It is worth noting how much I appreciate a game that makes a player routinely question whether violence is the right tool to tackle a challenge. Games have greatly improved in the verbs they make available to players, but "shoot dude/stab dude" is still often presented with little to no alternative. This game makes you question every act of violence, and gives you an alternative to almost all of them.


Player as Actor and Death as Rebirth


I love games that do something interesting with death or failure. A simple reload or restart erases a player's actions in game. A player may learn something, but the main repercussion of failure is the loss of a player's real world time. Pathologic encourages players to live with mistakes, the game can be finished with a satisfactory resolution to the story even if a player has many failures (in this case, failure can be player death, a major character dying, or missing story events). But it does something with player death that few games do. Death stays with you, you can't reload a save to before you die. Every time you die, the game autosaves and remembers, so that death sticks with you even if you do back up time. Every death delivers you to the Theater, a surreal dream state in which the theatrical nature of the game is reinforced. Usually you have a conversation with the Director, who tells you that each death is real and that with each death, a new actor must be hired to reprise the role of surgeon Artemy Burakh and continue his path. The failures of each previous actor weigh down their successors though, and with each death the game becomes a little harder as the character's maximum health, stamina or hunger are reduced.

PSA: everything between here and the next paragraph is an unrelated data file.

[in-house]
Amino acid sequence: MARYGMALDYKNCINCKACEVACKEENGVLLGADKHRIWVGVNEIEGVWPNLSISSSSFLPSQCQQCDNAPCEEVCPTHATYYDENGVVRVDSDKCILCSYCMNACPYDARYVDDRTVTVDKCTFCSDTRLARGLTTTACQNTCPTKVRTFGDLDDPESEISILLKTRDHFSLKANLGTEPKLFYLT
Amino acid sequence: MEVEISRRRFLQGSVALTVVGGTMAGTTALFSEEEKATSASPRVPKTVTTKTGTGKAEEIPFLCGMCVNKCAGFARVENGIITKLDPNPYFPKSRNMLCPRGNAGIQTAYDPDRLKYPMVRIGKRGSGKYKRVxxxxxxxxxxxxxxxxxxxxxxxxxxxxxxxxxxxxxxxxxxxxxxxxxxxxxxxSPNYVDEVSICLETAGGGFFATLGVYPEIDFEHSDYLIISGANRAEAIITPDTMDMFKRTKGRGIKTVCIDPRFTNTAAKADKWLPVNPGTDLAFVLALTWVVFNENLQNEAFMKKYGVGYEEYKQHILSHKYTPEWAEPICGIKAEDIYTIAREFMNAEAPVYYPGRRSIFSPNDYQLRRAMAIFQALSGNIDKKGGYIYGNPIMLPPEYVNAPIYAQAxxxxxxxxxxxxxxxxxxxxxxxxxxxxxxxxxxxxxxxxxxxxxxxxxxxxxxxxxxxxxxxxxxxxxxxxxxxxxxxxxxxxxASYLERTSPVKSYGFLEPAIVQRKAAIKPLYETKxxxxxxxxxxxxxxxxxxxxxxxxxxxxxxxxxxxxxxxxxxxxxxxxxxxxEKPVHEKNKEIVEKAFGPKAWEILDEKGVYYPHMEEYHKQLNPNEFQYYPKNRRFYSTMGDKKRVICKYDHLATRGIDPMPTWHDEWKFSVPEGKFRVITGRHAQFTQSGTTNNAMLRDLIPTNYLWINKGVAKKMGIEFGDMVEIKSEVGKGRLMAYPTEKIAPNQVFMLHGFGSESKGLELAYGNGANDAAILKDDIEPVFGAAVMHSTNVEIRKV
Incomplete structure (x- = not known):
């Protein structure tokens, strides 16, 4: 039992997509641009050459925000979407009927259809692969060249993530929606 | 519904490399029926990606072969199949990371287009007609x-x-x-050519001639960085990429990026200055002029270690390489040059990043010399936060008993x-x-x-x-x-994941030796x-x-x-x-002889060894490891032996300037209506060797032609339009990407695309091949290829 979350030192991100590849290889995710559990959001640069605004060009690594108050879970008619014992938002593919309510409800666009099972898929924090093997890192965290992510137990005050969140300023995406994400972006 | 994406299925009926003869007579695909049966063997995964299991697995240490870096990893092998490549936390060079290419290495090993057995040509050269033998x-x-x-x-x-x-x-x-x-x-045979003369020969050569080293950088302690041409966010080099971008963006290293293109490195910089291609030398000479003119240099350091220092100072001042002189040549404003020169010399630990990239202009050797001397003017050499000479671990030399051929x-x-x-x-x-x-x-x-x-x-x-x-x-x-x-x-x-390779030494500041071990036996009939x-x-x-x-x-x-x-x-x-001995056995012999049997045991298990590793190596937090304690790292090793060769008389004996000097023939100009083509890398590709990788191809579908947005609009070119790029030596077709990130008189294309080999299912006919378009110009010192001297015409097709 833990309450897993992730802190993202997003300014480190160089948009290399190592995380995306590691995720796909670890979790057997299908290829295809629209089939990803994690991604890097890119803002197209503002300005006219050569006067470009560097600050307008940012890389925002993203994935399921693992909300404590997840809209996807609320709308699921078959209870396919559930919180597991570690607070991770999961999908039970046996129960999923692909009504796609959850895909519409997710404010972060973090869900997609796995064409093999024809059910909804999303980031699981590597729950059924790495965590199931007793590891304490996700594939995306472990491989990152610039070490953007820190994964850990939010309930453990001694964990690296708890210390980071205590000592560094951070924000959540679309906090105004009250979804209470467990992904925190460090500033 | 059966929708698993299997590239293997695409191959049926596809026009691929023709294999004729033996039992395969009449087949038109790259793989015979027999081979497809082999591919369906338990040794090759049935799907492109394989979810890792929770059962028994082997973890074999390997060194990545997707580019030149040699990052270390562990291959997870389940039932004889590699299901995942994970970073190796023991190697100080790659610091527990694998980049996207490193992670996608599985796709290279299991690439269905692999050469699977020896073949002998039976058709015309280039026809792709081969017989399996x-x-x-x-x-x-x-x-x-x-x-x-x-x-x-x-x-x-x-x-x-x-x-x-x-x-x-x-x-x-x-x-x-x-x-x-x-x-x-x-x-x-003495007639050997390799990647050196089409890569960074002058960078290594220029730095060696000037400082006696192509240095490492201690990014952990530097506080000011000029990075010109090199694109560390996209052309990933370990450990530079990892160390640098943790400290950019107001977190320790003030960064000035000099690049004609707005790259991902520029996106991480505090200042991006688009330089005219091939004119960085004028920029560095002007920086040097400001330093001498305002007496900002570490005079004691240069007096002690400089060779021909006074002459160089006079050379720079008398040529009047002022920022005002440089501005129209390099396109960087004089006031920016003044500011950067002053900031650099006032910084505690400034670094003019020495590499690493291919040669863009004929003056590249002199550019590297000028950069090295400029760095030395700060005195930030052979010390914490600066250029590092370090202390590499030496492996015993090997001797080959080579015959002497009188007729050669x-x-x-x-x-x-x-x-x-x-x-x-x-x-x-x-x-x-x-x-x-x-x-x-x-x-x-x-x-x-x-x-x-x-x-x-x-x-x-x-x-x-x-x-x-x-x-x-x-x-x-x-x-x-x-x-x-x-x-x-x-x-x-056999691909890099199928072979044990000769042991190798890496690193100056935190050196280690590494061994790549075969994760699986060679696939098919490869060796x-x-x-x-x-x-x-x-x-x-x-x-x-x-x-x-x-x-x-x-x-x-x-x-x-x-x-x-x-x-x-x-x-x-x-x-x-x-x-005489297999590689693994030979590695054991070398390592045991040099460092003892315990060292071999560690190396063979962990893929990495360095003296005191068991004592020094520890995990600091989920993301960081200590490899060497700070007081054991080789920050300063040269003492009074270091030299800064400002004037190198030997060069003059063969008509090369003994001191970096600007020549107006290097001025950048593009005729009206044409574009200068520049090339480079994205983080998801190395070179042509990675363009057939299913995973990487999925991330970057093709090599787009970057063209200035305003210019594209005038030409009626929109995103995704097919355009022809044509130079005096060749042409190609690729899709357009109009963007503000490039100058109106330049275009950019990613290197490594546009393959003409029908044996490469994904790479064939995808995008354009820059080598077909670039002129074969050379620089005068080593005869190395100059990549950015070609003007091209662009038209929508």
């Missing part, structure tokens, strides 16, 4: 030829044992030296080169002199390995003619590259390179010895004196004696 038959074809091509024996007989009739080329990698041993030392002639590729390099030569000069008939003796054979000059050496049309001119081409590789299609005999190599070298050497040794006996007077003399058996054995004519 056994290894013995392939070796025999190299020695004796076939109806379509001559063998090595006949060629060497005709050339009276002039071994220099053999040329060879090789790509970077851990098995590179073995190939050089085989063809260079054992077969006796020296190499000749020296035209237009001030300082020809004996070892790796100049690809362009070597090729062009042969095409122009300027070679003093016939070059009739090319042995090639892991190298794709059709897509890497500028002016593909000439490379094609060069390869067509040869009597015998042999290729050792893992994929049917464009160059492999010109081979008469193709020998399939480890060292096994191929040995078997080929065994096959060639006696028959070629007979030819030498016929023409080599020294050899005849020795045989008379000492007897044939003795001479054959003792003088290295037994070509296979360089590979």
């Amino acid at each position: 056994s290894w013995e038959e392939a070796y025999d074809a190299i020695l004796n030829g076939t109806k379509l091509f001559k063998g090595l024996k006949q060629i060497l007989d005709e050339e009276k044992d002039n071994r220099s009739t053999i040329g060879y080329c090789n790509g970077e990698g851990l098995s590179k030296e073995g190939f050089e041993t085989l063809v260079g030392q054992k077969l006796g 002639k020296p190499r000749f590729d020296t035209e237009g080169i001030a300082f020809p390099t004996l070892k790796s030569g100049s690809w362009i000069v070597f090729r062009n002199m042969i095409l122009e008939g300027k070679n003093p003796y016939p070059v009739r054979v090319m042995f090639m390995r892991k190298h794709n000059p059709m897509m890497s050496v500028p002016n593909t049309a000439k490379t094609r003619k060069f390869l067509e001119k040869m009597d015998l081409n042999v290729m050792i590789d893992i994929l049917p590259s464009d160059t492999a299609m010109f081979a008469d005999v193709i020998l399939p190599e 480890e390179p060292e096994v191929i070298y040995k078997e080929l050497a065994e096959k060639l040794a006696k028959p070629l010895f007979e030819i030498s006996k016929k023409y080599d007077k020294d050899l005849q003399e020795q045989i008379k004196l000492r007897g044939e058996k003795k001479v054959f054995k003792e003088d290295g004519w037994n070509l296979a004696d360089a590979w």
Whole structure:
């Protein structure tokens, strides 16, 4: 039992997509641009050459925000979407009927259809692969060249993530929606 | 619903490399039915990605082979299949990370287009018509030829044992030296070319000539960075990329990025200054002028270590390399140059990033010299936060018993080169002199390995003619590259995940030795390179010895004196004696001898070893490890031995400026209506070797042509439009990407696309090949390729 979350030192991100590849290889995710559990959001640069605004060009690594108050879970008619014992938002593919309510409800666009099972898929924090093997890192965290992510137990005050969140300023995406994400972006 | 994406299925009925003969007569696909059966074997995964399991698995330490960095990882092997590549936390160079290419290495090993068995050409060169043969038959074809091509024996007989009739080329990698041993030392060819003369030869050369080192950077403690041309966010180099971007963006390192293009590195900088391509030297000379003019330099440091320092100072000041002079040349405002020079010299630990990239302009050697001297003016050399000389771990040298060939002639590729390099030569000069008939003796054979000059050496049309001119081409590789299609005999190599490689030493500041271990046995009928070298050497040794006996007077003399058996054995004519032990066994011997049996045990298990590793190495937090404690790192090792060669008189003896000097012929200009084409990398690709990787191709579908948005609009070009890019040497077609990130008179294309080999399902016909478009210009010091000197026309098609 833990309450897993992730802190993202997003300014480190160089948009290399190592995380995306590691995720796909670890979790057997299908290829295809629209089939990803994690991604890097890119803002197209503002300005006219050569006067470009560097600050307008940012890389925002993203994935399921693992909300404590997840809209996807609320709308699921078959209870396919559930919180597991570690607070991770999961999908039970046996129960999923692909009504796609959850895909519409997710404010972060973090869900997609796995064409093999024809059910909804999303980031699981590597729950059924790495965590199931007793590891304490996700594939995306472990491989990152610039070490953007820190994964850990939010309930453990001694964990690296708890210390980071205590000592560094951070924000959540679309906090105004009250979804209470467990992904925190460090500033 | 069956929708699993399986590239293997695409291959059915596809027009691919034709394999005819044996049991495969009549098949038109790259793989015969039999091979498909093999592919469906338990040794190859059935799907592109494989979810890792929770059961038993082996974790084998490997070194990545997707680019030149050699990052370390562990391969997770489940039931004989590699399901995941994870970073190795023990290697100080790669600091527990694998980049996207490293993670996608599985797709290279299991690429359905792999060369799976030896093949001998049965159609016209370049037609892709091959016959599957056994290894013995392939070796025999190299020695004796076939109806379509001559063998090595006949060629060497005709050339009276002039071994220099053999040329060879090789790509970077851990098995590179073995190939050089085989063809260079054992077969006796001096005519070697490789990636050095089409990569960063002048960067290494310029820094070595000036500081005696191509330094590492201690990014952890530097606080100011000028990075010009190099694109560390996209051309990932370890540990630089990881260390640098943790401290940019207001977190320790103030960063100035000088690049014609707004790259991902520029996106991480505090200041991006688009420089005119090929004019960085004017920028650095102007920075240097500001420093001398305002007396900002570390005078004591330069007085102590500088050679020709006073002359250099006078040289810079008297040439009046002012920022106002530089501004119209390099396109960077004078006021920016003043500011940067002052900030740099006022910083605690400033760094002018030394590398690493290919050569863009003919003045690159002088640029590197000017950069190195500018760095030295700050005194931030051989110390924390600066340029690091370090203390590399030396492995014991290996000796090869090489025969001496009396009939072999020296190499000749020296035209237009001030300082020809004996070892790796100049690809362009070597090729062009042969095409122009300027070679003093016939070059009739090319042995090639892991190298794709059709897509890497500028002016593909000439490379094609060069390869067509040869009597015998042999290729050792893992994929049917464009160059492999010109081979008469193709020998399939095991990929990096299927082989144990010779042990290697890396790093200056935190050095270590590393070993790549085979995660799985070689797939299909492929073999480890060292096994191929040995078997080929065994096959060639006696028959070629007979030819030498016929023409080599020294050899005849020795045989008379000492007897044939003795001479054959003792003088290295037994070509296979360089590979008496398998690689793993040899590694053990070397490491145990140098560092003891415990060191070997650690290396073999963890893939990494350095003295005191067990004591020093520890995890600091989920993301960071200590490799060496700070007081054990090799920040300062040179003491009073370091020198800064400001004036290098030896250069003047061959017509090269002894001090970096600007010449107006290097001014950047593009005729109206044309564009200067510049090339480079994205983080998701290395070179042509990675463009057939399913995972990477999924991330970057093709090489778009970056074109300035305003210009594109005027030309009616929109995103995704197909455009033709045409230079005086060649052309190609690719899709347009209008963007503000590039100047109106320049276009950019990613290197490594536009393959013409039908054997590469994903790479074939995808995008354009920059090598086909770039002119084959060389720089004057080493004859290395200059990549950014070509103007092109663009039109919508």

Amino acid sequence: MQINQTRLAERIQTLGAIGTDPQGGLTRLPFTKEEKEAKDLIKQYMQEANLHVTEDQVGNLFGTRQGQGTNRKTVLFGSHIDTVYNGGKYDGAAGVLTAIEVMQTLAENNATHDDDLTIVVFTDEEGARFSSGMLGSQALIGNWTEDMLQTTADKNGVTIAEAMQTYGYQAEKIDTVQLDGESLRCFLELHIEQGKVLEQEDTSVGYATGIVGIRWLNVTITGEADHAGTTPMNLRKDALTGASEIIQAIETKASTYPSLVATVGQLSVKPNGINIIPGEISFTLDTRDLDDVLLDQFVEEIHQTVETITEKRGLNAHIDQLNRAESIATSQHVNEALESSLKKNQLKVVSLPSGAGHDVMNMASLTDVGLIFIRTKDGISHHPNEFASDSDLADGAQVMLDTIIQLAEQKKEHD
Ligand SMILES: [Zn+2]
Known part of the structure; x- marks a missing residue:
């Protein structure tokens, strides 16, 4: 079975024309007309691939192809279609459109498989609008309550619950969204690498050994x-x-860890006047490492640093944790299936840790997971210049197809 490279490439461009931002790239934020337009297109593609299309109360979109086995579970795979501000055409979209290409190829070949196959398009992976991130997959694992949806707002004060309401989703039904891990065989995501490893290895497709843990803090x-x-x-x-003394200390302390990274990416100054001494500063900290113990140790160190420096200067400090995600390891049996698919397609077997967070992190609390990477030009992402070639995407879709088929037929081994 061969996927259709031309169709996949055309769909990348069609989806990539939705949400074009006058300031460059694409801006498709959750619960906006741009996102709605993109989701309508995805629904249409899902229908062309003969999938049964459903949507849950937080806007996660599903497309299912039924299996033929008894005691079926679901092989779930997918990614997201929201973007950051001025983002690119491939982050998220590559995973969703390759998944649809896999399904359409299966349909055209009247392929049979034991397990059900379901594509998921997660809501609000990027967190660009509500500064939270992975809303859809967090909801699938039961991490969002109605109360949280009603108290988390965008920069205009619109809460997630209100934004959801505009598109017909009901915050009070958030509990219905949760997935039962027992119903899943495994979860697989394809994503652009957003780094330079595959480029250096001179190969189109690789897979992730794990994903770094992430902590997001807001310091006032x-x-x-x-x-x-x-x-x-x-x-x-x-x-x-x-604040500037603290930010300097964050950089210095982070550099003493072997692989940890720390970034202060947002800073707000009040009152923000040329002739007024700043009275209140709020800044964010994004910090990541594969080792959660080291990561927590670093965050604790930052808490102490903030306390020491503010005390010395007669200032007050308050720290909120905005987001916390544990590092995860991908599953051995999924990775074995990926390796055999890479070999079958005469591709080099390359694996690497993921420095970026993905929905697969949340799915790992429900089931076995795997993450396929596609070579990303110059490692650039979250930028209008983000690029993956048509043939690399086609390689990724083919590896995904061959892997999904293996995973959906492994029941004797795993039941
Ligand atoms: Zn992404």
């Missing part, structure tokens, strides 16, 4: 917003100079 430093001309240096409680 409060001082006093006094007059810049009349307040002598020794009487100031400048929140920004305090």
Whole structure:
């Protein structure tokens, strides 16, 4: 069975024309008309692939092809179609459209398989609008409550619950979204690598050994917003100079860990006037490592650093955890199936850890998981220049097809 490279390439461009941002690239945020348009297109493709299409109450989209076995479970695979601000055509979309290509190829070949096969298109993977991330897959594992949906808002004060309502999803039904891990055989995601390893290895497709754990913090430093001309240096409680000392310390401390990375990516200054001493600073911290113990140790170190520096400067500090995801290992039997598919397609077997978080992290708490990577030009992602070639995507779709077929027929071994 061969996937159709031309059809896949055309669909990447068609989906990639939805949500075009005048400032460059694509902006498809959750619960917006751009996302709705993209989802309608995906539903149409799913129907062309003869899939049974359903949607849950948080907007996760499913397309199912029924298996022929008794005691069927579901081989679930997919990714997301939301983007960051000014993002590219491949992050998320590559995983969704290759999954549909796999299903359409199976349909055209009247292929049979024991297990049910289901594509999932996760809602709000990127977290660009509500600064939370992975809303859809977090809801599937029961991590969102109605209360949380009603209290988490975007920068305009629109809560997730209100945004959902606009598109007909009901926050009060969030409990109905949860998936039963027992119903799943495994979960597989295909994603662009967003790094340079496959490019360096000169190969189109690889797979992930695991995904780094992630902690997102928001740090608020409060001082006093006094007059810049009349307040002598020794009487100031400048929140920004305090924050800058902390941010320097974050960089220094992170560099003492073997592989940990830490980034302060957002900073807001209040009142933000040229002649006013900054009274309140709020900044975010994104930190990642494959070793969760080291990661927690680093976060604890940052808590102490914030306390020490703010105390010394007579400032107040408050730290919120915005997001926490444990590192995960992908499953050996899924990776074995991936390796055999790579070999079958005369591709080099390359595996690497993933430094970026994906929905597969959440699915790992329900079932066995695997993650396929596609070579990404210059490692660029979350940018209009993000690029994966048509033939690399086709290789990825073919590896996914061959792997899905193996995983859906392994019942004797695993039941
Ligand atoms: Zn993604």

Late in the game, an exceedingly strange conversation happens with the character of the Inquisitor. The Inquisitor is a woman whose job is solving unsolvable problems for the government. She had been sent in to manage the plague response. The Inquisitor tells you that she has fallen in love with you and asks that you run away with her. There is almost no foreshadowing of this. It's a bizarre and out of character break. She insists that none of this is real, that she has finally understood that her and everyone else are puppets and she wants to cut the strings and stop playing. You can ask her who the puppet master is. Her reply is that they are the person who just put those words in your mouth. It's open to interpretation on if she is meaning society in the context of the game, the writer of the game's script, or the player themselves. If you choose to run away with her, you are both stopped outside of town and she is shot and killed. The player is instructed to return to town. The play is not yet finished, and the actors may not yet leave the stage if they still have a role to play.


Right before the finale, the player meets themselves, Artemy Burakh. Time has become confused, the Director has abandoned the play, and an Artemy successor has entered the stage before the previous one left. Which one came first? Who is the understudy?